The Science Behind Neti Pots

I have been planning a lot of posts recently and I thought that as I am currently suffering from a cold then this is the perfect time to write this post. I try and do a neti pot on a regular basis, even when I am feeling well but I don’t always remember but while I am not well I am sticking rigidly to a daily routine. It is possible you have never heard of a neti pot or you may of heard of it as a saline nasal wash, but what is it all about and why do yogis do them regularly and what are the benefits. In this post I will give you a little bit of information about why this tradition has been passed down through the generations and also look at the process from a scientific perspective and why modern medicine now recommends this practice.

In the teachings of the Hatha Yoga Pradipika what we are talking about in this post is called Jala Neti and is one of the 6 main yogic cleansing processes or shatkarmas. The term neti is a sanskrit word and translates as nasal cleansing and jala translates as water. It is done by washing warm, salted water through the nostrils so it goes in one nostril and out the other effectively cleansing the nasal passageways and the sinuses. As an ancient cleansing process it is thought to have a number of physical benefits as well as mental and spiritual benefits. According to the Hatha Yoga Pradipika the benefits of practicing Jala Neti include:

1. Physical Benefits – Neti aids in draining the sinuses, preventing mucus from become static and keeping them clean and functional. It can also irrigate the eye and stimulate the tear ducts. As well as keeping the nose clean it can also help to clean out the ears and throat. It is thought that regular practice of neti can help to prevent coughs and colds as well as reducing the risk of allergies, hayfever and tonsillitis. It is also believed to give resistance to a number of conditions including myopia, tension headaches, glue ear and ear infections. Other benefits include a reduction in facial tension helping you to look more youthful.

2. Mental Benefits – Regular practice of neti is thought to be of help to a number of conditions including anxiety, depression, epilepsy and hysteria. Practicing neti is believed to balance the left and right sides of the brain which helps to balance the central nervous system. The frontal lobes of the brain that control the higher mental functions are thought to function properly after regular neti practice which can lead to intuition and creativity.

3. Spiritual Benefits – According to Yogi Swatmarama, perfection of neti leads to divya drishti where divya translates as divine and drishti as sight or vision, meaning the skills of clairvoyance through the awakening of anja chakra. Through this stimulation the third eye is awakened leading to a higher intuition. The practice of neti is thought to clear any blockages at anja charka.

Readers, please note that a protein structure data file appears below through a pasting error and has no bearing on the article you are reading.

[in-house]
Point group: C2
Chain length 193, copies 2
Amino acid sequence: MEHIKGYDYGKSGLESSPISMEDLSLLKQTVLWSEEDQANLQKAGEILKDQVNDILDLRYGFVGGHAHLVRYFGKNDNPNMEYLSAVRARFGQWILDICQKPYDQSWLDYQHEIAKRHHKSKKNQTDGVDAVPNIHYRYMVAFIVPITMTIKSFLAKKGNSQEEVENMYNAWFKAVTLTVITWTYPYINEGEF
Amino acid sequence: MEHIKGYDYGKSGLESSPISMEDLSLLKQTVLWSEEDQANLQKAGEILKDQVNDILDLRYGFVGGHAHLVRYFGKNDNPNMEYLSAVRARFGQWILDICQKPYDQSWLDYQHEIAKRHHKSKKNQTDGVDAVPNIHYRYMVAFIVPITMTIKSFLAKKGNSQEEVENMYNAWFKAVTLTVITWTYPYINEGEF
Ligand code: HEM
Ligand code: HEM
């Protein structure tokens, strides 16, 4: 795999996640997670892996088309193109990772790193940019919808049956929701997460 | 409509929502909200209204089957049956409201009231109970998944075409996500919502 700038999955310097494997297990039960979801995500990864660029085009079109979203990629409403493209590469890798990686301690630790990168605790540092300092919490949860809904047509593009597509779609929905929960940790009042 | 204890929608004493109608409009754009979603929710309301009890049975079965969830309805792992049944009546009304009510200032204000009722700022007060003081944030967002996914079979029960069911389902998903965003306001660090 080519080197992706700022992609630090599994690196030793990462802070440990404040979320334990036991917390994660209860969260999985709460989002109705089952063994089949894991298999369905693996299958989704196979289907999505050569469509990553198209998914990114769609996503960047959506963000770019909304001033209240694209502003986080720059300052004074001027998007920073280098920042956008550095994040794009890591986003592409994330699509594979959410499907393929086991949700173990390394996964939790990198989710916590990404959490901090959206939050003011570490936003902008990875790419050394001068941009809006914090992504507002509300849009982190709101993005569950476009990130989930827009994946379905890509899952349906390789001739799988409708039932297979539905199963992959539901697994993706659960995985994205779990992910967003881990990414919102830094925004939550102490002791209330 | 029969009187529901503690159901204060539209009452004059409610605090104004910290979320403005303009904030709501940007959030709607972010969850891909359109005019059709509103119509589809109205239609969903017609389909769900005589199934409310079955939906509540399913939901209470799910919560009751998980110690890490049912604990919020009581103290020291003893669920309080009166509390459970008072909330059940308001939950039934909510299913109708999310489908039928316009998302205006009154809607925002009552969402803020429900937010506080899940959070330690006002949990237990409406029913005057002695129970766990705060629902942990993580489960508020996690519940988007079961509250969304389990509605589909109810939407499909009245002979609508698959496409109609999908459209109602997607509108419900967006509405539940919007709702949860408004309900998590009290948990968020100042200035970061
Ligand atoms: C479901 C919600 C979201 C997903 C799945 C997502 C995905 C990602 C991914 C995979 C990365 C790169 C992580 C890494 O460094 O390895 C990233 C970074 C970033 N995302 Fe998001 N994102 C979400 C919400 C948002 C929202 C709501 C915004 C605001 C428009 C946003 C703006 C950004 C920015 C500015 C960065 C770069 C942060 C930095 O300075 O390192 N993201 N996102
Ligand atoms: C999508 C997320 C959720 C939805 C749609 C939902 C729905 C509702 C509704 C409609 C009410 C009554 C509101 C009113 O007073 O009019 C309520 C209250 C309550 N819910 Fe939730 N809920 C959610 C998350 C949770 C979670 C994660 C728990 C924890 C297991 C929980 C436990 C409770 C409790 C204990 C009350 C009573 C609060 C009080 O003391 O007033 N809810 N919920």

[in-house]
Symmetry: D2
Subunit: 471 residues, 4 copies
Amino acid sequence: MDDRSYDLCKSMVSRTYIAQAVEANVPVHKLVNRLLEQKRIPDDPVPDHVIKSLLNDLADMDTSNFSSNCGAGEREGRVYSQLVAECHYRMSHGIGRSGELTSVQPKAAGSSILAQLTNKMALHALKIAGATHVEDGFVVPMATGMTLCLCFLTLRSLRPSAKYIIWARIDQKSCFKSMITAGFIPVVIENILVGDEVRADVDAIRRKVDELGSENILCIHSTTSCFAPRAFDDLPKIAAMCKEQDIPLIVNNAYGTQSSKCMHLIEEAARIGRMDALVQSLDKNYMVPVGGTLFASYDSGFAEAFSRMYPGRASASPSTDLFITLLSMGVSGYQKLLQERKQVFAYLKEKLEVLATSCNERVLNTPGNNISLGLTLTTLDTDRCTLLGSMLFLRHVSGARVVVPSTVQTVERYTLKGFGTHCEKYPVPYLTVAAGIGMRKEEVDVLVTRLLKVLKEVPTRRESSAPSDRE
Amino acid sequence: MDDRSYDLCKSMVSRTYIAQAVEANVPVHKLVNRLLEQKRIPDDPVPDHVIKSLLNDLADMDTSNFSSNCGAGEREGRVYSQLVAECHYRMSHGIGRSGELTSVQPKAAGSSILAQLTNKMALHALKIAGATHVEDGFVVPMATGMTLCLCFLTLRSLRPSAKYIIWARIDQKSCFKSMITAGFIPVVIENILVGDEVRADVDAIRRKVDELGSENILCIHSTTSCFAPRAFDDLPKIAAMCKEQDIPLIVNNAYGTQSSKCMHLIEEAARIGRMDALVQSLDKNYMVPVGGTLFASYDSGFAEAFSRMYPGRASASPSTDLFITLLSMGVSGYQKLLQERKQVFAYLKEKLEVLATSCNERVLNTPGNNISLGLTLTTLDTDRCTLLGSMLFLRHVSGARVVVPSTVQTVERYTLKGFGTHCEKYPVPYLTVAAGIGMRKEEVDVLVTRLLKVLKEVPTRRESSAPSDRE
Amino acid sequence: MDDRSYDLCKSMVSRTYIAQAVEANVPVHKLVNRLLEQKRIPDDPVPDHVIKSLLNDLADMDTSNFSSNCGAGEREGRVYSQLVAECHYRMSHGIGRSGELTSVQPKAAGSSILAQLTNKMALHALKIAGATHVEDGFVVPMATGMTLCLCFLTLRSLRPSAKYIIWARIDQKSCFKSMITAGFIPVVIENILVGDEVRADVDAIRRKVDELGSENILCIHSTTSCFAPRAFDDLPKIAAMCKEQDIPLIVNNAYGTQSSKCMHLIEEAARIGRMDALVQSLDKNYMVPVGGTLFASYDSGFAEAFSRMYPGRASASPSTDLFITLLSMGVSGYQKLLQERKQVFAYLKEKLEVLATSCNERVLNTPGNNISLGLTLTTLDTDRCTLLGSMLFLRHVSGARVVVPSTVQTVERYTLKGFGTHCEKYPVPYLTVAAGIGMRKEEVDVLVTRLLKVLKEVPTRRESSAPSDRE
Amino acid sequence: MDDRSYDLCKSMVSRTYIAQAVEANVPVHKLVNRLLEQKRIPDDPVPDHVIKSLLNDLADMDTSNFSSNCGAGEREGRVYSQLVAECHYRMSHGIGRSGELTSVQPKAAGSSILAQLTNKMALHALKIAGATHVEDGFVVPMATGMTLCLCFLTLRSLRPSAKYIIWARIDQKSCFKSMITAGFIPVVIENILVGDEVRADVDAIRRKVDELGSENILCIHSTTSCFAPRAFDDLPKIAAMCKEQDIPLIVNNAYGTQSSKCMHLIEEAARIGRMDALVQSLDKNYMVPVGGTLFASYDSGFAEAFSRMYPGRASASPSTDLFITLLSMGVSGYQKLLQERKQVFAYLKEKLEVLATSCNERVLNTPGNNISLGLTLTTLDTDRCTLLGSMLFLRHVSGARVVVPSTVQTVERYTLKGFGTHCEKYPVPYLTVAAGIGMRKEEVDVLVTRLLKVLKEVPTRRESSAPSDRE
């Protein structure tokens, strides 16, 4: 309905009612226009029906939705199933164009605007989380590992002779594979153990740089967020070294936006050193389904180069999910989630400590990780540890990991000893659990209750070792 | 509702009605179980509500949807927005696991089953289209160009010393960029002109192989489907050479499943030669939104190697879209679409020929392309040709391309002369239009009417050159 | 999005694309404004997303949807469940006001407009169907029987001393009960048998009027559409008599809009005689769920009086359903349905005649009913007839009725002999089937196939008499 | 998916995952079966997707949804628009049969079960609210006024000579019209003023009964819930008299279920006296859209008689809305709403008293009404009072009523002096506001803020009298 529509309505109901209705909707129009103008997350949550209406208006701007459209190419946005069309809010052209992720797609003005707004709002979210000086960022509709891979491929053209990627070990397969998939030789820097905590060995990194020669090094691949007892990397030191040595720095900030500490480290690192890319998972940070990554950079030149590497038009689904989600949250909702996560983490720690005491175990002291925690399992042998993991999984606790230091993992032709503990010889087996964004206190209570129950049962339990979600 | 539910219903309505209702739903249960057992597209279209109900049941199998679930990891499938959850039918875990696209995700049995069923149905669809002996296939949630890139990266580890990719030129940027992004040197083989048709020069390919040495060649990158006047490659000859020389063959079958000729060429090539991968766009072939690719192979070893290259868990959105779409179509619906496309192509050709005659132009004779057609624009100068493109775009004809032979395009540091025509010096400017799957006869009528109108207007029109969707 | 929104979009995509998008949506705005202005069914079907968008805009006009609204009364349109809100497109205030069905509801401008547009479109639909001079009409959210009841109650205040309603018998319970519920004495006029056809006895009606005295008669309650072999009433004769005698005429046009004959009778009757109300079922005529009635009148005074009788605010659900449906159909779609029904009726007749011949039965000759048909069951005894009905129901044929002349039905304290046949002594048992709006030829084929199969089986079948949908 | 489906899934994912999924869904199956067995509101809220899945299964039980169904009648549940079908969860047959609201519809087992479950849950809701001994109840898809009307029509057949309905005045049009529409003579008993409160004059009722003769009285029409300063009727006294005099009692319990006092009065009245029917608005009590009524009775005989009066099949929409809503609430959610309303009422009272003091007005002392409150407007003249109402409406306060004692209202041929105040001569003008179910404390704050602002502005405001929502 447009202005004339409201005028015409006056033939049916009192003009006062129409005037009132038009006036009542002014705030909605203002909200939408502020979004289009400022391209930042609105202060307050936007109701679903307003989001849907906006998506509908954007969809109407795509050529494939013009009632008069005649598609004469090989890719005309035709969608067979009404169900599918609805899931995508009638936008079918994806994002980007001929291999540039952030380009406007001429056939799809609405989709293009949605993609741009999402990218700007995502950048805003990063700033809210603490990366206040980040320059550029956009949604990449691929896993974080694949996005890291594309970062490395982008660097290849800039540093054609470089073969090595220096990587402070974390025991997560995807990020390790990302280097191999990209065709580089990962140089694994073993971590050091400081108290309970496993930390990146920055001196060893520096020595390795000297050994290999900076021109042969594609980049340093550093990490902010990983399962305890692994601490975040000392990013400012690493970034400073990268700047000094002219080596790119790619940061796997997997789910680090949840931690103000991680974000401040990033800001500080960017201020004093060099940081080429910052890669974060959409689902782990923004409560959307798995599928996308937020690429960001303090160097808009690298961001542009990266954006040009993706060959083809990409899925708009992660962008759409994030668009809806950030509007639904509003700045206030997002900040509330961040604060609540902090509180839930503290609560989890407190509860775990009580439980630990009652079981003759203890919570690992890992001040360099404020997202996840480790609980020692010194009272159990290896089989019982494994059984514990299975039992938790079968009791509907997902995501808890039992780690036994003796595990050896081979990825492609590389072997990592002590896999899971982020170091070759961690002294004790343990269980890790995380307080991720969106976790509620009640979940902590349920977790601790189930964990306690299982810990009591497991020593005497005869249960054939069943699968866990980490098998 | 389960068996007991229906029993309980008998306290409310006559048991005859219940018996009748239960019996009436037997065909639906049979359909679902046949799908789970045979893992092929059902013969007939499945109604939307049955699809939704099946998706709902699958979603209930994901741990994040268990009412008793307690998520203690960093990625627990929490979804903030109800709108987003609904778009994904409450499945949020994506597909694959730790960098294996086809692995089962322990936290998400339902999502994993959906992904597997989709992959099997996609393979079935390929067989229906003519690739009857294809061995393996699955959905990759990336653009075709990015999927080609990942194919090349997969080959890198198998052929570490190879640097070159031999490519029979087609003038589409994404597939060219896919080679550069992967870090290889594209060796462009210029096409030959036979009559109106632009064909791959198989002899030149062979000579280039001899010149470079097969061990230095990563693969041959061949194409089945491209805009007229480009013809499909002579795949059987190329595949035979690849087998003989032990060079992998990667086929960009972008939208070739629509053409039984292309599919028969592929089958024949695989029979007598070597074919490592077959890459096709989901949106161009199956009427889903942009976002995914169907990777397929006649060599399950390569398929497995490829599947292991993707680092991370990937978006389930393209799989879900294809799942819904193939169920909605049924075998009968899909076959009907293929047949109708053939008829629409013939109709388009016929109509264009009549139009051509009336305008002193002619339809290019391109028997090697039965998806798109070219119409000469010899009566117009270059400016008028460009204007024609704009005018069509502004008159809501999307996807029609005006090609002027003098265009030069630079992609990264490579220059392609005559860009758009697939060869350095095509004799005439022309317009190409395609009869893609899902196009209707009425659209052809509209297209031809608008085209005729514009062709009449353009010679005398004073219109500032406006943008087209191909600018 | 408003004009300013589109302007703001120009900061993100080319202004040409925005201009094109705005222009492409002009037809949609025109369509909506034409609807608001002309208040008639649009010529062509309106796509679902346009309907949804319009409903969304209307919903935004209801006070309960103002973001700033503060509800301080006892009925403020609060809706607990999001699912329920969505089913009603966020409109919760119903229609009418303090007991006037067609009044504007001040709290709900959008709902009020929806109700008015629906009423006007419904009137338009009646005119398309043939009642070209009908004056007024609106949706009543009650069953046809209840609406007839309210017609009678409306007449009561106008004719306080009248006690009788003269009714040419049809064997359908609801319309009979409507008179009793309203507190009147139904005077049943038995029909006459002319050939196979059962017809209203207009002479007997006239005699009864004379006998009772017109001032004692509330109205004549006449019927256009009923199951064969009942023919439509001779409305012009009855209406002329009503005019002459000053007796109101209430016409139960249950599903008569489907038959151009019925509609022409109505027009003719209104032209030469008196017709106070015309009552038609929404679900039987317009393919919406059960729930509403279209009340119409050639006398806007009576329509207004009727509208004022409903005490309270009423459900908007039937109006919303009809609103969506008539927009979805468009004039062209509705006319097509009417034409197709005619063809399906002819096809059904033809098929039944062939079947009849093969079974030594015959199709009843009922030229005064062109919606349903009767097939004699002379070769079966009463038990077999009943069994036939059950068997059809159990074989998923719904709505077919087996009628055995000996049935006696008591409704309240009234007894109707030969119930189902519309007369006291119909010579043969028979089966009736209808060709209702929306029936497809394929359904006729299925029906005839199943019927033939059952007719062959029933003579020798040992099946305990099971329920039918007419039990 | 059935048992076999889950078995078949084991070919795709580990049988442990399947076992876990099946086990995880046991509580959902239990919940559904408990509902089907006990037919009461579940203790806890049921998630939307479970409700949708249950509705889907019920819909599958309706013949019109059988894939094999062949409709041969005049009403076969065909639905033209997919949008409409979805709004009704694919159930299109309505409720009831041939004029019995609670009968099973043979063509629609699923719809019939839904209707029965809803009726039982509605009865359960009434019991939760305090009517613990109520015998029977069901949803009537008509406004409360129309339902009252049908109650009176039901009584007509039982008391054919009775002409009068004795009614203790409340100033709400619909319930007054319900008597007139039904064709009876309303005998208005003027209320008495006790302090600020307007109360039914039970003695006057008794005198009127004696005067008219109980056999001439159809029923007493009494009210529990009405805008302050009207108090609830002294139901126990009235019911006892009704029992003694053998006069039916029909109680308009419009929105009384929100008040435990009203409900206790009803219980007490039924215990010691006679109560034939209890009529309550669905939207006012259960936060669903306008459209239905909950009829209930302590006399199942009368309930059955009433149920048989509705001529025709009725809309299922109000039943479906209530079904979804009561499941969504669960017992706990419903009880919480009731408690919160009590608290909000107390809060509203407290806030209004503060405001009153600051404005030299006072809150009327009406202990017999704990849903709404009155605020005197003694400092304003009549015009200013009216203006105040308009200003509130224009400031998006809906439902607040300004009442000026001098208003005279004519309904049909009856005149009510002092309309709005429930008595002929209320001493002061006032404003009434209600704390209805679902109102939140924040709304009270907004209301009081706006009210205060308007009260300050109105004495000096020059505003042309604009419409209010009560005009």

So we have looked at the traditional beliefs but in terms of the modern day we need to look at where the evidence is and how it is used. You will not be surprised when browsing the internet to see nasal irrigation recommended as a treatment for colds and allergies. However there are a number of conditions for which there is scientific evidence that nasal irrigation is a successful treatment, including allergies where studies have shown that children with allergies who regularly undergo nasal irrigation showed a lower need for allergy medication in just 3-6 weeks. Part of the reason for this positive effect is due to the fact the nasal irrigation washes out the nasal passageways and removes any pollution and toxins that have collected there and cause irritation.

There is some evidence that nasal irrigation can be of benefit to sinusitis especially when combined with an allergy pill, although some studies suggest that regular practice may increase the occurrence of sinus infections although that may be down to incorrect practice rather than the practice itself.

Although more studies are required there is some evidence that the use of nasal irrigation can speed up recovery time after nasal surgery.

Upper respiratory tract infections may be helped by a saline nasal wash, including symptoms of cold and flu. There is a small amount of evidence that shows that nasal irrigation can help symptoms such as a runny nose, sore throat and cough as well as meaning a reduced need for other medications. 

So this ancient technique may be worth a try and although there is no scientific evidence as yet of its help with other conditions that are mentioned in the Hatha Yoga Pradipika there is nothing to say that it would not be of benefit. So if you were wondering whether to take up this practice and if it would be useful then I would say it is worth a try but you need to make sure you are taught how to do the technique by someone experienced so that you correctly and effectively employ nasal irrigation.
About the author

Mercedes Aspland

Mercedes is a Yoga Sports Coach with experiences working with athletes from many disciplines and experience levels. She is keen to spread the word of how valuable yoga is to sport. With additional qualifications in nutrition she also shares a number of recipes and nutritional advice to keep you fuelled while training.

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